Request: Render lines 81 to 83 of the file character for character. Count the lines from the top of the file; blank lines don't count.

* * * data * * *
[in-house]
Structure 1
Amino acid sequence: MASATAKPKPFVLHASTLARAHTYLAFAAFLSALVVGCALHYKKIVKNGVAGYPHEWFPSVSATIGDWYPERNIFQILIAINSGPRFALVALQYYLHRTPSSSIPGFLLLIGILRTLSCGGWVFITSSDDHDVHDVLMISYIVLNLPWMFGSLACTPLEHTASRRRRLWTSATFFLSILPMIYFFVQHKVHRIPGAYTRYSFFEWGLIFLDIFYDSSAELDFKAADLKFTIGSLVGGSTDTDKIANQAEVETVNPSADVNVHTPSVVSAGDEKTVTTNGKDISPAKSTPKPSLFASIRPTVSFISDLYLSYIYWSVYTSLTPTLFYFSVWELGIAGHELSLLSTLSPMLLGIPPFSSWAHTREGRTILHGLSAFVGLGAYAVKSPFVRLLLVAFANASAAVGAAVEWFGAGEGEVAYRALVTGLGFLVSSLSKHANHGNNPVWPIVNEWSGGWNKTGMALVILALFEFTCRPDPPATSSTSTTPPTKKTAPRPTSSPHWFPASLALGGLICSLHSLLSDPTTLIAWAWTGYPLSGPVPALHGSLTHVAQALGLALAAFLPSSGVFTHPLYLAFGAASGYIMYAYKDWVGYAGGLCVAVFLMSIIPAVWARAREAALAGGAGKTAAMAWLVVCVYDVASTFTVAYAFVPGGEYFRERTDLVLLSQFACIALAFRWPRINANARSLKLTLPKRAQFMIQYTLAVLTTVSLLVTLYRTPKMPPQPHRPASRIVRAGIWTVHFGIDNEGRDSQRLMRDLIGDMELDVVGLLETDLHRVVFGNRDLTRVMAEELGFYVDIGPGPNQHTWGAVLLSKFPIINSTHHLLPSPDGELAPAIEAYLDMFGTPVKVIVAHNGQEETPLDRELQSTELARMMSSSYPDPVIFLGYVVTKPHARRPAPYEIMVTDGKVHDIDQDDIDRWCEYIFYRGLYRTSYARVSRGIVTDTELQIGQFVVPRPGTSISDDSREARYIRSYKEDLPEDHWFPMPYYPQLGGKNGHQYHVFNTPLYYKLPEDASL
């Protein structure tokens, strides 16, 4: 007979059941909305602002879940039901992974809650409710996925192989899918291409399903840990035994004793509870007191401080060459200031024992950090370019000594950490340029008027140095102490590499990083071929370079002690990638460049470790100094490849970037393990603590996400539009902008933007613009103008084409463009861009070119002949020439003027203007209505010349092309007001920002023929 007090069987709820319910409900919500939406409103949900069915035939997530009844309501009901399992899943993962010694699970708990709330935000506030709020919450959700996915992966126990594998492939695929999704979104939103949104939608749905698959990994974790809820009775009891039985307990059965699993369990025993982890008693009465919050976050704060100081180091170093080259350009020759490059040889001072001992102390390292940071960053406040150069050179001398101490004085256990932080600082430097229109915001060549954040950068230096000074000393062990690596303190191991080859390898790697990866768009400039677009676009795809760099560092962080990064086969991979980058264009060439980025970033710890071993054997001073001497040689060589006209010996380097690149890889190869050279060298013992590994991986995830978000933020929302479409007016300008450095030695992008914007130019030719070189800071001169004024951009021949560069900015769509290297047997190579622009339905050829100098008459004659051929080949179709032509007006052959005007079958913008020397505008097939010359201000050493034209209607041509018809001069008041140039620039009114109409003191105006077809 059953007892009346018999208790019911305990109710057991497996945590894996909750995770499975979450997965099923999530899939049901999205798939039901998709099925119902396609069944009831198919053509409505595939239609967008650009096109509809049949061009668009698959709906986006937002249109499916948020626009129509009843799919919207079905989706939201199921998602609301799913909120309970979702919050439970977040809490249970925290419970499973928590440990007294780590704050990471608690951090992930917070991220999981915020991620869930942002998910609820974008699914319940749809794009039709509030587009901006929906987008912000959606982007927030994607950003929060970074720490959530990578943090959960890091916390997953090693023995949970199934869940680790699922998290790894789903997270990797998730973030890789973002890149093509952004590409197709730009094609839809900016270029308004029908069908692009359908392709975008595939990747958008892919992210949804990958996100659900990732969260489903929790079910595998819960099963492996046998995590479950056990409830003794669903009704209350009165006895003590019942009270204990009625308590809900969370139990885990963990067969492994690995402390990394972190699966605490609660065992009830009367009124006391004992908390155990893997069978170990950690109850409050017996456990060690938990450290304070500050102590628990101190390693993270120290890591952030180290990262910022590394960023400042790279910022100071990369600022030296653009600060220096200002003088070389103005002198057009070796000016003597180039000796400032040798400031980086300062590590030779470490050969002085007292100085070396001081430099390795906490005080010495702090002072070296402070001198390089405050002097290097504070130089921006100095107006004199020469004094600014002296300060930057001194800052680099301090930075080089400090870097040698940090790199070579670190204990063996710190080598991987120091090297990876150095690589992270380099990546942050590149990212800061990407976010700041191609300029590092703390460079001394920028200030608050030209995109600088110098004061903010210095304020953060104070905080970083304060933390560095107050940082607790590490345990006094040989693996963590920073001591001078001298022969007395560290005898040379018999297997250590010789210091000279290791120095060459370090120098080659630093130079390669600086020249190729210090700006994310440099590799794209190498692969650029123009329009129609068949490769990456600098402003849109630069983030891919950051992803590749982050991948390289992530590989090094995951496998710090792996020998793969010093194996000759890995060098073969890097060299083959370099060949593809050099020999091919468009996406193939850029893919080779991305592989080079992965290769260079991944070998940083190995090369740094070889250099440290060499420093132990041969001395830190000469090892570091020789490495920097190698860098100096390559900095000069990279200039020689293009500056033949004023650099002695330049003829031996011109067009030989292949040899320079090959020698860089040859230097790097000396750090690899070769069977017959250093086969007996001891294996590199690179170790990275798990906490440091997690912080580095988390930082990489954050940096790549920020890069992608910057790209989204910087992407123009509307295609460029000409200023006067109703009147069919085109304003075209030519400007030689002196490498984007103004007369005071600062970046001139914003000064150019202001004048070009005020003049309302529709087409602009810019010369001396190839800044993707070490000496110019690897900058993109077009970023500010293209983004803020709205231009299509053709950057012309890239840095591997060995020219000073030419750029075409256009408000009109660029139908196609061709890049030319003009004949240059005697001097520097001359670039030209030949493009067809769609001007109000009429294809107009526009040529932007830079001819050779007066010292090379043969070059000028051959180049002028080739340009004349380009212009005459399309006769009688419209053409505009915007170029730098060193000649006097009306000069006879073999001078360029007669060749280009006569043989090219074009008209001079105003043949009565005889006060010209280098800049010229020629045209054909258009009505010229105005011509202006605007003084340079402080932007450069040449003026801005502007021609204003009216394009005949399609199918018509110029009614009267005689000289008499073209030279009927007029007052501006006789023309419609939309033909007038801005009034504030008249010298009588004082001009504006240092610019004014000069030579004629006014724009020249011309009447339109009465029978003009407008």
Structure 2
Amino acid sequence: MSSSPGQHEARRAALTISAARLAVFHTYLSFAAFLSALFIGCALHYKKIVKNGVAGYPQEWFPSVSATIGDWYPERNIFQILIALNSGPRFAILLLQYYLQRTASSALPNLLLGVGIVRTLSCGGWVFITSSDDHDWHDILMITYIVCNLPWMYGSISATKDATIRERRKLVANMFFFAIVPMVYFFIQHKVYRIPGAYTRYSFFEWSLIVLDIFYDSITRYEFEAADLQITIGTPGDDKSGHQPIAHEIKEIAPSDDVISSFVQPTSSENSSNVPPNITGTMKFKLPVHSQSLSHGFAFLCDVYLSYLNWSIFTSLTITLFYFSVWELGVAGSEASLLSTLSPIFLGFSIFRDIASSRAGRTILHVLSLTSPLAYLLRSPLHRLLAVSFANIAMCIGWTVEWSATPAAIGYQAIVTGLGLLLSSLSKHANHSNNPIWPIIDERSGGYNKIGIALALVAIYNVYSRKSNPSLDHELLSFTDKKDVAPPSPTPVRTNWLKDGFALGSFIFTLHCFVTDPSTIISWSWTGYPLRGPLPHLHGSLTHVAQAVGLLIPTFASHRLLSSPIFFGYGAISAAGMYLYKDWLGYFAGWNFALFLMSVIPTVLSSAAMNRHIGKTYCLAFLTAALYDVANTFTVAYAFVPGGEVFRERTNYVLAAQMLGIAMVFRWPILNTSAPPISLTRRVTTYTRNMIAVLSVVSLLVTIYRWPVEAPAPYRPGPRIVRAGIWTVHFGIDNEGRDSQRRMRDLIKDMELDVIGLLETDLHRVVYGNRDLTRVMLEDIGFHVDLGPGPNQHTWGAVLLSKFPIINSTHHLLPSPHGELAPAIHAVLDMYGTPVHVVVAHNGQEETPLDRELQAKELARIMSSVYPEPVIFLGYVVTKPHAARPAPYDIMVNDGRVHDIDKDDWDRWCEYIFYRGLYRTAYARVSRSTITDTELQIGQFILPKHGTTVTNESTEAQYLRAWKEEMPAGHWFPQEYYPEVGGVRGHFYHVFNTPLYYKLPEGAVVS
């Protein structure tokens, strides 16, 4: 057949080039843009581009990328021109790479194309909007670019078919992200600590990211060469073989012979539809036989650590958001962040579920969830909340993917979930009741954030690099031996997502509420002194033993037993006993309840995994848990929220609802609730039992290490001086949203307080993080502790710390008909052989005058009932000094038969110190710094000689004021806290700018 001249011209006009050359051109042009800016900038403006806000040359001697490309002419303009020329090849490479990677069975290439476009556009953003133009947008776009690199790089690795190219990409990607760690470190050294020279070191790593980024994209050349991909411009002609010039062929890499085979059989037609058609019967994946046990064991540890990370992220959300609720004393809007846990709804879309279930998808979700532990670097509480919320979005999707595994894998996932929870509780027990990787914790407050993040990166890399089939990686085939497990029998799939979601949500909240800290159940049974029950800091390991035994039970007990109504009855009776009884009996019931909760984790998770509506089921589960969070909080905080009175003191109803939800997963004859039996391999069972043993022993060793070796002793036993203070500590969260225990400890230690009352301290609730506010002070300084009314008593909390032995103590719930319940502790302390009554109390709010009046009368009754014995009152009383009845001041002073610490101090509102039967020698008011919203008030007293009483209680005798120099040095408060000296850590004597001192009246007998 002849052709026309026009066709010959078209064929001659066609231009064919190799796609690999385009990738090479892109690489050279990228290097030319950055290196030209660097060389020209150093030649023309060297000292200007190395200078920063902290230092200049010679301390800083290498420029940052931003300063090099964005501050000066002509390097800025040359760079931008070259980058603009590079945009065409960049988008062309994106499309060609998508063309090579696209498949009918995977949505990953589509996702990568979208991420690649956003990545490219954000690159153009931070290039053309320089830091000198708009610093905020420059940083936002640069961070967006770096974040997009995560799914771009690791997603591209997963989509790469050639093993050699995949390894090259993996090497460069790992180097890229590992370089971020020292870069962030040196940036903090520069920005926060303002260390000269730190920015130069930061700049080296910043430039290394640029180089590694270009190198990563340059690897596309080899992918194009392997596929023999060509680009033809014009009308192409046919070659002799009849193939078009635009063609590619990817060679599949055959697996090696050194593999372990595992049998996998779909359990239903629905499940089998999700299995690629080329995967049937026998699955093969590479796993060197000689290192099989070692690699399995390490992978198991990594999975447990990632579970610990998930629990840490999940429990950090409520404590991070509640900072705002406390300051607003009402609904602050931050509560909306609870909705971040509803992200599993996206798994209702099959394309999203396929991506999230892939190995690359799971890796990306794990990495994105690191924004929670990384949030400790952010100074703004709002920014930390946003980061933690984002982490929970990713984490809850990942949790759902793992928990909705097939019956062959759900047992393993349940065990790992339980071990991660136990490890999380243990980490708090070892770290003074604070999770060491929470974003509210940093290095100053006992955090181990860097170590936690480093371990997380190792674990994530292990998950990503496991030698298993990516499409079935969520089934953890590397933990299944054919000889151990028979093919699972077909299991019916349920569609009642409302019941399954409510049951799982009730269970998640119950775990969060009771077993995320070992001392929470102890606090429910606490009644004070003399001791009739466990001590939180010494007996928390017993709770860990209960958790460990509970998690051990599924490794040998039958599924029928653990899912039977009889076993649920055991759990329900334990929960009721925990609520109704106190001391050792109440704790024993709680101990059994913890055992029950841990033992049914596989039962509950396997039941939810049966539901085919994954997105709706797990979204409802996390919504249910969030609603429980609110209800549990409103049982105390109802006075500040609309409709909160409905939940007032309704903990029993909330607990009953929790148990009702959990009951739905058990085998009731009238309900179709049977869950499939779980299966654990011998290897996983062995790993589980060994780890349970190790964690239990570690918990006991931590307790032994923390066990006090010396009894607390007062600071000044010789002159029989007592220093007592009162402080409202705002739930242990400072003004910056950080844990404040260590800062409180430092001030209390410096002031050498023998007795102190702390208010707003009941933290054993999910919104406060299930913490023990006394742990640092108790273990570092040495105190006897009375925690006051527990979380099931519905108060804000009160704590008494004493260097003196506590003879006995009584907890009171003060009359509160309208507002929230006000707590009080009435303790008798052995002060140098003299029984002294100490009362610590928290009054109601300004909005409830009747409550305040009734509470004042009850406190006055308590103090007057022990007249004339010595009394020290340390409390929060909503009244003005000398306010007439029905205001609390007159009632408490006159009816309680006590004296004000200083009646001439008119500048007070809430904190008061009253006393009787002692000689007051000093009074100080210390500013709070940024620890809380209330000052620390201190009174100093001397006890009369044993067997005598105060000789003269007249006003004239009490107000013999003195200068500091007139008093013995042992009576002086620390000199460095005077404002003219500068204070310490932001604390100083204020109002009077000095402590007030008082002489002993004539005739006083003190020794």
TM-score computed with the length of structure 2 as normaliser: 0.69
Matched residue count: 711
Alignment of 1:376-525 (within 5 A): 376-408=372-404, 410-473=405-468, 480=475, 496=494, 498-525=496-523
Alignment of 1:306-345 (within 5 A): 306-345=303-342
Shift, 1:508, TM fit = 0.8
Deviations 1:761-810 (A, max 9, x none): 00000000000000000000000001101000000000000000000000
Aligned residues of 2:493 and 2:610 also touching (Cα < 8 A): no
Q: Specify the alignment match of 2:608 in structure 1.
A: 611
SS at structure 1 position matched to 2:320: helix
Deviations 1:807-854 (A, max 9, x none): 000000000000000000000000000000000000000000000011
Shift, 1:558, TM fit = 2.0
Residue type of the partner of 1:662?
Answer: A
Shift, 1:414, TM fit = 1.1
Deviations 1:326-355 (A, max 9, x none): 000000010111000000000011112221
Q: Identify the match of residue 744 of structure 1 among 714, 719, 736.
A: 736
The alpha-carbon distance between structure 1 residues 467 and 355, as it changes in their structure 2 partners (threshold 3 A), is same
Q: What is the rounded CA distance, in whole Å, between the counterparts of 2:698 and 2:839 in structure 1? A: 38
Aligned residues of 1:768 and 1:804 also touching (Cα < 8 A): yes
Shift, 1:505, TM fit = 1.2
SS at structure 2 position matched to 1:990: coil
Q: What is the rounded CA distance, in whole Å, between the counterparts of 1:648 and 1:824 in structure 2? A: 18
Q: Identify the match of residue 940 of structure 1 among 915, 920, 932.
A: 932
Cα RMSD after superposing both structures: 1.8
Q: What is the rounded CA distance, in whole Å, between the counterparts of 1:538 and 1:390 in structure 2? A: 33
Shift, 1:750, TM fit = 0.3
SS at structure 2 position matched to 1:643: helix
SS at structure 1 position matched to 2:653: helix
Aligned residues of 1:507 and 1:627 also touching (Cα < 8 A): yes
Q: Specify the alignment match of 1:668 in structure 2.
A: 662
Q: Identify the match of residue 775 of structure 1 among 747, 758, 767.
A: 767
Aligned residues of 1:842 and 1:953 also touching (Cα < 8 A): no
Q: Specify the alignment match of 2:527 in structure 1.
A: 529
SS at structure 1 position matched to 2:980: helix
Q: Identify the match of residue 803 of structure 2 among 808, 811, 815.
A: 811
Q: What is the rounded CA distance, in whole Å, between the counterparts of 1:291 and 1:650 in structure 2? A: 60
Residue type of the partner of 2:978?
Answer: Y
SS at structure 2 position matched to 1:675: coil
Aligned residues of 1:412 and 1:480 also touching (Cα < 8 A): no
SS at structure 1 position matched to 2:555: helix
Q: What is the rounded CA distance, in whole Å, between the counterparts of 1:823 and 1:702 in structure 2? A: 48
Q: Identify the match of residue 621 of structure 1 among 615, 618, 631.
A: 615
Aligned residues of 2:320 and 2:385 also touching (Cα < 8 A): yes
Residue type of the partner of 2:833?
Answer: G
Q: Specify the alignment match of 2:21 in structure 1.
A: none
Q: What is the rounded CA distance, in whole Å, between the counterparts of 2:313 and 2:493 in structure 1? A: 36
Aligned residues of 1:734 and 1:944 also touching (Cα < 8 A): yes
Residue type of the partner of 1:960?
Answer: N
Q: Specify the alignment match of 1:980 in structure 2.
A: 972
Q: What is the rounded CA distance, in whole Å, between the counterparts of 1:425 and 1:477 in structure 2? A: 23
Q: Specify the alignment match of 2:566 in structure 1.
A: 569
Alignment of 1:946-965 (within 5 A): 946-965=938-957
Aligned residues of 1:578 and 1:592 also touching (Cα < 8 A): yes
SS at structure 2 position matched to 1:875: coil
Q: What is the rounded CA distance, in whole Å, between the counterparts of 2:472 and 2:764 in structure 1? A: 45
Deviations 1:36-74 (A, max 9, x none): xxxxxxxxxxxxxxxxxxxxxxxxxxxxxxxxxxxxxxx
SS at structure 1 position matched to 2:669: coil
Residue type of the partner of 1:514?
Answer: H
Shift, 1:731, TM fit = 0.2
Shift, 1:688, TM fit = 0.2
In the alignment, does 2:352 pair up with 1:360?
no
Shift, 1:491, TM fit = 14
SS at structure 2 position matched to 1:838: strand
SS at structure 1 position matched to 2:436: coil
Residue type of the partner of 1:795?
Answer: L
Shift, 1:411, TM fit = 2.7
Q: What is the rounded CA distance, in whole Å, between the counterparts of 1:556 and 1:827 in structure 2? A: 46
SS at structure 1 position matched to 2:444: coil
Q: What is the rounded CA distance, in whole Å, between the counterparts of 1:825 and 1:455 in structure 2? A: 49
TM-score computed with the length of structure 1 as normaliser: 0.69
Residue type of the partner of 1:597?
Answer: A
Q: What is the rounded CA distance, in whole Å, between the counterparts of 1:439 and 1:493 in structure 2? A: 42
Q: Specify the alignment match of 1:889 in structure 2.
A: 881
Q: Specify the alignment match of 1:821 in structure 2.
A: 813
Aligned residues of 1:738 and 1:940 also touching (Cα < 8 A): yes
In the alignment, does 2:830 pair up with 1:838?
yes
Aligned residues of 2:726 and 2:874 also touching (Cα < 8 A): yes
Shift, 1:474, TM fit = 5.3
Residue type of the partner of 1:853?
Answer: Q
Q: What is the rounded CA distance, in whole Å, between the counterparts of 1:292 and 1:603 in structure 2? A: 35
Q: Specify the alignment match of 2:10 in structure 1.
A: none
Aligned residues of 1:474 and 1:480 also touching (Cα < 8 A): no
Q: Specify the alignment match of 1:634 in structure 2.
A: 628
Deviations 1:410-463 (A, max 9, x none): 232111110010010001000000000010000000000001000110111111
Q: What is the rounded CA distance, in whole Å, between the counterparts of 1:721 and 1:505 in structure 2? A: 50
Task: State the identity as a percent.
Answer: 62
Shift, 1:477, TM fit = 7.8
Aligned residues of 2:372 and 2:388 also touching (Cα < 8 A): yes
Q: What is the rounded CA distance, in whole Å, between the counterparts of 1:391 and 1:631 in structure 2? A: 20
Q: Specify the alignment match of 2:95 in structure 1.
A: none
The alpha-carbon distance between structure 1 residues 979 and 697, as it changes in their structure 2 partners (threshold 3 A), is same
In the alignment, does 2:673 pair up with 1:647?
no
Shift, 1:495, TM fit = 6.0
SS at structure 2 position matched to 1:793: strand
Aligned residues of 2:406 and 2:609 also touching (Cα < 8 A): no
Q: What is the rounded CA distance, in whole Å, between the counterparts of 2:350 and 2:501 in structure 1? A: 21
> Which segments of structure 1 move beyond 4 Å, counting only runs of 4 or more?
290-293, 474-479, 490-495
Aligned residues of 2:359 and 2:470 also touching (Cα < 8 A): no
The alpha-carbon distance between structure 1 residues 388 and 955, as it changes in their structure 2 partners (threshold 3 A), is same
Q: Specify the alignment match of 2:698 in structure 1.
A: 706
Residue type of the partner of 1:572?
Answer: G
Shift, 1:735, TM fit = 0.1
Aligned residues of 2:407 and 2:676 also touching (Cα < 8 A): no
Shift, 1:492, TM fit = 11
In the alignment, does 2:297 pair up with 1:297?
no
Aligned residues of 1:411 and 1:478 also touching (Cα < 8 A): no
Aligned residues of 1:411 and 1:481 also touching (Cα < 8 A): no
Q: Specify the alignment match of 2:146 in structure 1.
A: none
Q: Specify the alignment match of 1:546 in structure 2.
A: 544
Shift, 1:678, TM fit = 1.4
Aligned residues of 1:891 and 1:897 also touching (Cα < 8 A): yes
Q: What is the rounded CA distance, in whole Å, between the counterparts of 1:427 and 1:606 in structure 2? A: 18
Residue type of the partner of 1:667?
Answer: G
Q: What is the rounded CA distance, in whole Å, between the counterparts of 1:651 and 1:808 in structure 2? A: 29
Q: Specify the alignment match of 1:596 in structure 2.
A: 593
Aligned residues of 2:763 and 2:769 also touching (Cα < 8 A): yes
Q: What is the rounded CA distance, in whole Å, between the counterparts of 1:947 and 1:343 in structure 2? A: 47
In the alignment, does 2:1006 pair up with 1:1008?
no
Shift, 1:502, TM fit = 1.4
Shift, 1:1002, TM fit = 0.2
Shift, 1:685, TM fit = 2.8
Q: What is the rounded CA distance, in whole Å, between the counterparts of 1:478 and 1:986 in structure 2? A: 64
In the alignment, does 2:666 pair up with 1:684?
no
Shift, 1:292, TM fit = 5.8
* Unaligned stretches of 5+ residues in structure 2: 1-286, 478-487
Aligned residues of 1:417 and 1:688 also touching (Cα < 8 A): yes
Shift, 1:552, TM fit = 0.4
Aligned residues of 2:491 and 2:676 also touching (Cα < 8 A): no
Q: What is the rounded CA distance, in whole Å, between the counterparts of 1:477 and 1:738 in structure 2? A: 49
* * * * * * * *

Shift, 1:731, TM fit = 0.2
Shift, 1:688, TM fit = 0.2
In the alignment, does 2:352 pair up with 1:360?